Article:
This post is part of a series on outsourcing from a Filipino perspective.

R. [name omitted] has worked for me for about 6 years.
He’ll tell you that when I hired him HE KNEW NOTHING!

R. Vacationing in Bohol, Philippines

Of course…I knew nothing about hiring Filipinos at the time either!
The biggest thing I’ve learned from R. is that consistency in a worker is REALLY important.

  • He’s not the smartest guy ever.
  • His english isn’t the best ever.
  • He’s not a designer (although he’s taken it on himself to learn)
  • He’s not a programmer (although…he did learn some PHP so he could be a better employee)

He’s consistent. He’ll try anything. Fail or succeed, he’ll try it.
He always replies to my emails.
He always sends me daily reports.
He always shows up to work (ok…not ALWAYS…but pretty close).
I love him for what he’s taught me (not to mention what he’s done for my business).


Problems With Outsourcing And How To Deal With Them


I have read many comments about the problems encountered in outsourcing to the Philippines. In this article, I will talk about the major problems and give suggestions and possible solution to them. I want to share my opinion as one of the Filipino workers who have worked in the online industry for 6 years.


Problem 1: Employees suddenly disappeared
This is a very common problem that employers want to deal with. You hire an employee and after a week or so that employee never communicates and suddenly disappeared without warning. This is very frustrating on the employer’s side.


One thing that may cause this problem is the lack of communication in both employer and employee. This may result to an unclear instructions, lack of training materials, or lack of understanding of training materials on the part of the employee. Most employers would chose employees with good English without any experience in SEO or online task. And if an employer would only send an email and tell that employee to build backlinks to a certain site without explaining what backlinks are and why they are important, that employee will surely be stuck on work. And when that happened, that employee will just leave because of lack of understanding. The most difficult task to do is the task that we don’t even understand how to do it. Some of us are afraid to ask because of the expectations the employers set. Most of us are afraid to tell you that WE DON’T KNOW how to do a certain task. That is why some employees just leave and disappear.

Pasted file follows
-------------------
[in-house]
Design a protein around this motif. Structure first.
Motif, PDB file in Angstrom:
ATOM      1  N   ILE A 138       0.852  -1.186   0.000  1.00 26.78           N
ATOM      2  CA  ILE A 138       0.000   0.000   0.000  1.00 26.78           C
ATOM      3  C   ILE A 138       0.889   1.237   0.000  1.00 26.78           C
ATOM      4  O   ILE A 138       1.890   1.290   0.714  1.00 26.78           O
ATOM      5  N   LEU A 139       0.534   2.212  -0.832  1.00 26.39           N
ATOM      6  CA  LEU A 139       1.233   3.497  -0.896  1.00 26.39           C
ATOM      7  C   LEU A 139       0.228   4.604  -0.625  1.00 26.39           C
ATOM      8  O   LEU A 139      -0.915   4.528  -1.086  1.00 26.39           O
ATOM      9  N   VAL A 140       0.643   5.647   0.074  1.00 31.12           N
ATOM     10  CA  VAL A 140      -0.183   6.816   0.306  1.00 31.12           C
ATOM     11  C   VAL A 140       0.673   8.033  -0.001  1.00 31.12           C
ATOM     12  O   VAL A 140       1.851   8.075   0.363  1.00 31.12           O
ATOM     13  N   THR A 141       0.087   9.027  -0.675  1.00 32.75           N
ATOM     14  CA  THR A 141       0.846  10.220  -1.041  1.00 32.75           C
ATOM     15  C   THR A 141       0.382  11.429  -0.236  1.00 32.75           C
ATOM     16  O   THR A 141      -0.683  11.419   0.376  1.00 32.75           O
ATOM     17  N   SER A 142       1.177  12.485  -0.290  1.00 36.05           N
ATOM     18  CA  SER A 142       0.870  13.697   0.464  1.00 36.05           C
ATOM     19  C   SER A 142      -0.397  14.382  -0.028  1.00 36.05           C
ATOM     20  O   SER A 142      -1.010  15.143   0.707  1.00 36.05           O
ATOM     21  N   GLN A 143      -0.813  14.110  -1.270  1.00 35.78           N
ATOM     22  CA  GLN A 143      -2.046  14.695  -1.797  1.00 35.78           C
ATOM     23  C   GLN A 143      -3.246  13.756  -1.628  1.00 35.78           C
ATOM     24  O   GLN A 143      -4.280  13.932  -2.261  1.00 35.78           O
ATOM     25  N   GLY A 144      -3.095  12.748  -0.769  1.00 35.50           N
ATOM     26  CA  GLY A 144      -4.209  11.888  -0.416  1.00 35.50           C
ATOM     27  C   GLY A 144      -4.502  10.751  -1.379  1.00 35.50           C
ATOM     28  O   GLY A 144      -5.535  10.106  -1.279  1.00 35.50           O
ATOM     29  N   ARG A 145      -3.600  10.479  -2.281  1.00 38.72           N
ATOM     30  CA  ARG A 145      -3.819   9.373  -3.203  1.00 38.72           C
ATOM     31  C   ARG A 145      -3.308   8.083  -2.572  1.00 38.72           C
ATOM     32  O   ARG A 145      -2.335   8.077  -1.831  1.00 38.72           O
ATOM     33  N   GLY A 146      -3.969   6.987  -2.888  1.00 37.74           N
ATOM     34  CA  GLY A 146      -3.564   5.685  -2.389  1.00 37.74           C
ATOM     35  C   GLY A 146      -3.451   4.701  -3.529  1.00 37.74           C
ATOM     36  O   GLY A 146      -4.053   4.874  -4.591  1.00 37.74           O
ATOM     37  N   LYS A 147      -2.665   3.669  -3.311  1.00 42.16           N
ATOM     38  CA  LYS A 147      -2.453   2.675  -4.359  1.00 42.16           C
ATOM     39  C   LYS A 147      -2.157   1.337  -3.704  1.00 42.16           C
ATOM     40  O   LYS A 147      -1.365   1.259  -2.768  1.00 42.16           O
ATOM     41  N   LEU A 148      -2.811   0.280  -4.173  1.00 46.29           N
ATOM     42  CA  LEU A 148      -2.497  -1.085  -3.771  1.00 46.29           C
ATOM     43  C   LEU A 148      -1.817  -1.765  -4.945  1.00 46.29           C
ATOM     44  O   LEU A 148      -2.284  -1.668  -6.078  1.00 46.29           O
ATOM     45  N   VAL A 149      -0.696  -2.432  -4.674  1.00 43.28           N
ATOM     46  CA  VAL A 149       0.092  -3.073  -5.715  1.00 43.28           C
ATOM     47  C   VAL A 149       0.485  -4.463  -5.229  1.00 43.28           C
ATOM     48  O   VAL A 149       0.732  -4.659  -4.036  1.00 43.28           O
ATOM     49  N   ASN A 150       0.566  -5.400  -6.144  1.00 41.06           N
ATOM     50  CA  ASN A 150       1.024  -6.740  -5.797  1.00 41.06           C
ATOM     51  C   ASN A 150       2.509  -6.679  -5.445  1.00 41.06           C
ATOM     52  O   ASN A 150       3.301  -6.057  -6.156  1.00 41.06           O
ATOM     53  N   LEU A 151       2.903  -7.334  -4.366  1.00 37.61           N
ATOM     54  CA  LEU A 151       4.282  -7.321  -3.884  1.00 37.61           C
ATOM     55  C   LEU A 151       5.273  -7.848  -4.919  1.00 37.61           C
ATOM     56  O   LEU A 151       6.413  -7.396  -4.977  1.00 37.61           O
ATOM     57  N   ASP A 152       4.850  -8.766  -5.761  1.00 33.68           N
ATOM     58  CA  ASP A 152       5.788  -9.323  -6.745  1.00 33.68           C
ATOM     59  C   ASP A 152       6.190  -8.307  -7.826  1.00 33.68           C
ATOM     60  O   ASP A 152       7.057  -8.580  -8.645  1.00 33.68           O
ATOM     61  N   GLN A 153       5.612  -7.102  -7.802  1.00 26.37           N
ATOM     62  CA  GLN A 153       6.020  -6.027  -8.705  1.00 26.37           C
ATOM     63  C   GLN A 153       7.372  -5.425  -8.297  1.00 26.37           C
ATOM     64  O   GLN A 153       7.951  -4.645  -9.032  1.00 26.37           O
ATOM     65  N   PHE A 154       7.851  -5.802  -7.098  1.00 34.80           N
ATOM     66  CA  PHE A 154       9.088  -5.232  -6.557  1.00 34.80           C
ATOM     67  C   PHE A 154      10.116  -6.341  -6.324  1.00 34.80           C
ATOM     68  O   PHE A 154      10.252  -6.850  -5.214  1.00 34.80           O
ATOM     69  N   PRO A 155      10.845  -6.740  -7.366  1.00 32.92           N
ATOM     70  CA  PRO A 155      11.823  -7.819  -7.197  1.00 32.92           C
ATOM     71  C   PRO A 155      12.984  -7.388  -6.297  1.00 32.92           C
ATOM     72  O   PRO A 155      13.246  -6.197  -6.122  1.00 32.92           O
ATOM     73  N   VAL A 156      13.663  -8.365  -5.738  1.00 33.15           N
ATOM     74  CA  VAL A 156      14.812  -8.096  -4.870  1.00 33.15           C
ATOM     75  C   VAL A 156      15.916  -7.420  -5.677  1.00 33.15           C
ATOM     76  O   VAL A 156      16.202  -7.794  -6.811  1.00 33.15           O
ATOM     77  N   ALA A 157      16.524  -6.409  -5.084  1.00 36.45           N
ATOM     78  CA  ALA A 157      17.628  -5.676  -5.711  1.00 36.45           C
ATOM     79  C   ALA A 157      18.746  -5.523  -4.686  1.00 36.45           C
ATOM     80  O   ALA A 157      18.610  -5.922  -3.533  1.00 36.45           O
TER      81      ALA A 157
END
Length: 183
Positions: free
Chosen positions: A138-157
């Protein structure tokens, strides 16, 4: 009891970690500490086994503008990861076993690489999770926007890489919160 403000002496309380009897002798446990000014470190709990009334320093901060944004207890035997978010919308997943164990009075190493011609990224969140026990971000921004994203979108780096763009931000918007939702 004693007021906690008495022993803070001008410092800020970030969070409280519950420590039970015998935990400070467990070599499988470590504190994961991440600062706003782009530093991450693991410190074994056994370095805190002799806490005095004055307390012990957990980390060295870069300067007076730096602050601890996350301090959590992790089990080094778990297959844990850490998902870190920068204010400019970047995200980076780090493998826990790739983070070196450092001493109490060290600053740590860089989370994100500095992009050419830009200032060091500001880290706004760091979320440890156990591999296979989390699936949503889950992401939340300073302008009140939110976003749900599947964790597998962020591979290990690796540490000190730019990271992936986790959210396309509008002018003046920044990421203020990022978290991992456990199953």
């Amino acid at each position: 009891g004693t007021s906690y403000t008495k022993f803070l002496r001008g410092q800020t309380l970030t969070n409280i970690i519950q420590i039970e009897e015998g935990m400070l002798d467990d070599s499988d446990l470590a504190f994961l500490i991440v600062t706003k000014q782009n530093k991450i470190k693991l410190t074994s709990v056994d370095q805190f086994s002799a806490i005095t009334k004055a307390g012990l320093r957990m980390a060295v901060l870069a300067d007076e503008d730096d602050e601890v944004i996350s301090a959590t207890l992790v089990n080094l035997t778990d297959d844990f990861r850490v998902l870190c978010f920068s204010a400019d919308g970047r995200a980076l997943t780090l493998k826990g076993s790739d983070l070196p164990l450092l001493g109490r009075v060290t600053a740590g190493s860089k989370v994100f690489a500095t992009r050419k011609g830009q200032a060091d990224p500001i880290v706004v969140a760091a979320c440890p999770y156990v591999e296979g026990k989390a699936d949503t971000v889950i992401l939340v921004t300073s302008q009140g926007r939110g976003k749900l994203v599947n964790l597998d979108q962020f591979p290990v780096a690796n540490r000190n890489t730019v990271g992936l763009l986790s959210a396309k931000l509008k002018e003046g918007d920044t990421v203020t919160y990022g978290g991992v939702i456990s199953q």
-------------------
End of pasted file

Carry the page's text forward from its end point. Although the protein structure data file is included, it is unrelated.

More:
Another thing that can cause this problem is the employee doesn’t want to do a certain task.

R’s new baby

I have a co-employee that we want to work on a different task aside from writing. After a few weeks of trying, she never sent us any updates and when I asked her why, she said she wants to resign. The reason is that she does not want the assigned task. She is not good at it. So I convinced her to stay and we will give her the task she wants and that is writing articles. She stayed working with us because she is happy with what she is doing. This is only one example of this kind of situation.


If you hire an employee, try to talk to them often. They need you. Try to chat with them (not just email). Talk to them so that you will know their weakness and strength. Don’t just rely on training materials. Training materials are very good references, but you need reach out to your employees and let them feel that they are not left behind.
By trying to talk to them, you will determine what task would be appropriate for their skills. And because you know their strength, you can give them the task they wanted to do. Don’t give a linkbuilding task to a web designer. Know your employees well and set up a good relationship with them.

Coming Soon (his guest post was so long I had to split it up):

  1. Problem 1: Employees suddenly disappeared
  2. Problem 2: Dishonest Employees
  3. Problem 3: Demotivated Employees
  4. Problem 4: Really Bad Employees (this is my favorite, wait until you read his “Causes”)

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